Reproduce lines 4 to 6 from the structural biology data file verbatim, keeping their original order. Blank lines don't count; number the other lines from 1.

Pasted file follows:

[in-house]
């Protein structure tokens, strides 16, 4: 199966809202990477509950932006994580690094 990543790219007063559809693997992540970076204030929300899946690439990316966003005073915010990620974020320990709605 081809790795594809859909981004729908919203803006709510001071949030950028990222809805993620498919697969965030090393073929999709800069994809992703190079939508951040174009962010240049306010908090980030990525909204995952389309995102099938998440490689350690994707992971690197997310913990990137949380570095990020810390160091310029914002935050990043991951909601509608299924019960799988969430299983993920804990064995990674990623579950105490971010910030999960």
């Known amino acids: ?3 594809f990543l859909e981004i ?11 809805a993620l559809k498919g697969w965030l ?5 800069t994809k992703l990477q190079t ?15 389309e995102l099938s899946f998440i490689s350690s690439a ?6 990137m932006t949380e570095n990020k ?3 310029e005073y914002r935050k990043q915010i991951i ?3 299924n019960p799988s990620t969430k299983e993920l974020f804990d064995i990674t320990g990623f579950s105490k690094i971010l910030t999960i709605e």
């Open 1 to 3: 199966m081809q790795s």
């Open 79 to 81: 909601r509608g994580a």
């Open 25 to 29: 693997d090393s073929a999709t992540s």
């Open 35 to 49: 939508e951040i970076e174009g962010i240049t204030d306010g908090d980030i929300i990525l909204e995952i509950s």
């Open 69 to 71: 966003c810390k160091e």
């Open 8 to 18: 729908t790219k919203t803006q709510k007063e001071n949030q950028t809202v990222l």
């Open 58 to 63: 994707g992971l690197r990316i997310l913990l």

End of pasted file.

């Open 1 to 3: 199966m081809q790795s």
């Open 79 to 81: 909601r509608g994580a």
């Open 25 to 29: 693997d090393s073929a999709t992540s």